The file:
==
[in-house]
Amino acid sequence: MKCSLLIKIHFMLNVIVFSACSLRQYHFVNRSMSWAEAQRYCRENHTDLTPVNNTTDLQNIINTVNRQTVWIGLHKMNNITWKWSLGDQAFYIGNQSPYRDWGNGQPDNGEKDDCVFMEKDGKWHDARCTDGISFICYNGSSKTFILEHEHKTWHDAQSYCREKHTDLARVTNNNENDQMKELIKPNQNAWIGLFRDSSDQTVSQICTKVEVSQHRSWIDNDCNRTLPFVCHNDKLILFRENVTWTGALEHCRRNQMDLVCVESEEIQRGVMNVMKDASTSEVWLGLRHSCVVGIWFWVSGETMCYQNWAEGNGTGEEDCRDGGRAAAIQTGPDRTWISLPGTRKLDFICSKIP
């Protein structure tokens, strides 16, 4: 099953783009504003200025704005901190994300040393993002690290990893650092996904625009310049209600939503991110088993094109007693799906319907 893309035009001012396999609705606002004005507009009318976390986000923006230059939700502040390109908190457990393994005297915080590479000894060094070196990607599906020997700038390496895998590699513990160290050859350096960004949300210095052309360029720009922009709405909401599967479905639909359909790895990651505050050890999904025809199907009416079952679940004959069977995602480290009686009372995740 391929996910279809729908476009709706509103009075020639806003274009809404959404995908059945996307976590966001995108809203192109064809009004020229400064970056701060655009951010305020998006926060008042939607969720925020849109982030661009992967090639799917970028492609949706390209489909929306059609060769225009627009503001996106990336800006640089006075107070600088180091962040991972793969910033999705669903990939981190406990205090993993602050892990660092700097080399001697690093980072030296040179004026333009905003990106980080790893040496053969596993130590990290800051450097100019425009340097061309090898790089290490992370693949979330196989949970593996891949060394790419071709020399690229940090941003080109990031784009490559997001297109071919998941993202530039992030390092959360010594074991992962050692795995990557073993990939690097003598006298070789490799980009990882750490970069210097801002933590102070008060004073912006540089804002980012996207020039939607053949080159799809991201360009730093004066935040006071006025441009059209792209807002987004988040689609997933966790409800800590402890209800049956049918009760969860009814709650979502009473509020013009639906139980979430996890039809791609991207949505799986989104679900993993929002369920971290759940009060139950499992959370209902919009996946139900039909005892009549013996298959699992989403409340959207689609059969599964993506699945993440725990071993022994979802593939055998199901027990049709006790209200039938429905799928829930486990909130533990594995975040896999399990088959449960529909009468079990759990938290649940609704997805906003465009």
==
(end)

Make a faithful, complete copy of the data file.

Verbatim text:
[in-house]
Amino acid sequence: MKCSLLIKIHFMLNVIVFSACSLRQYHFVNRSMSWAEAQRYCRENHTDLTPVNNTTDLQNIINTVNRQTVWIGLHKMNNITWKWSLGDQAFYIGNQSPYRDWGNGQPDNGEKDDCVFMEKDGKWHDARCTDGISFICYNGSSKTFILEHEHKTWHDAQSYCREKHTDLARVTNNNENDQMKELIKPNQNAWIGLFRDSSDQTVSQICTKVEVSQHRSWIDNDCNRTLPFVCHNDKLILFRENVTWTGALEHCRRNQMDLVCVESEEIQRGVMNVMKDASTSEVWLGLRHSCVVGIWFWVSGETMCYQNWAEGNGTGEEDCRDGGRAAAIQTGPDRTWISLPGTRKLDFICSKIP
């Protein structure tokens, strides 16, 4: 099953783009504003200025704005901190994300040393993002690290990893650092996904625009310049209600939503991110088993094109007693799906319907 893309035009001012396999609705606002004005507009009318976390986000923006230059939700502040390109908190457990393994005297915080590479000894060094070196990607599906020997700038390496895998590699513990160290050859350096960004949300210095052309360029720009922009709405909401599967479905639909359909790895990651505050050890999904025809199907009416079952679940004959069977995602480290009686009372995740 391929996910279809729908476009709706509103009075020639806003274009809404959404995908059945996307976590966001995108809203192109064809009004020229400064970056701060655009951010305020998006926060008042939607969720925020849109982030661009992967090639799917970028492609949706390209489909929306059609060769225009627009503001996106990336800006640089006075107070600088180091962040991972793969910033999705669903990939981190406990205090993993602050892990660092700097080399001697690093980072030296040179004026333009905003990106980080790893040496053969596993130590990290800051450097100019425009340097061309090898790089290490992370693949979330196989949970593996891949060394790419071709020399690229940090941003080109990031784009490559997001297109071919998941993202530039992030390092959360010594074991992962050692795995990557073993990939690097003598006298070789490799980009990882750490970069210097801002933590102070008060004073912006540089804002980012996207020039939607053949080159799809991201360009730093004066935040006071006025441009059209792209807002987004988040689609997933966790409800800590402890209800049956049918009760969860009814709650979502009473509020013009639906139980979430996890039809791609991207949505799986989104679900993993929002369920971290759940009060139950499992959370209902919009996946139900039909005892009549013996298959699992989403409340959207689609059969599964993506699945993440725990071993022994979802593939055998199901027990049709006790209200039938429905799928829930486990909130533990594995975040896999399990088959449960529909009468079990759990938290649940609704997805906003465009």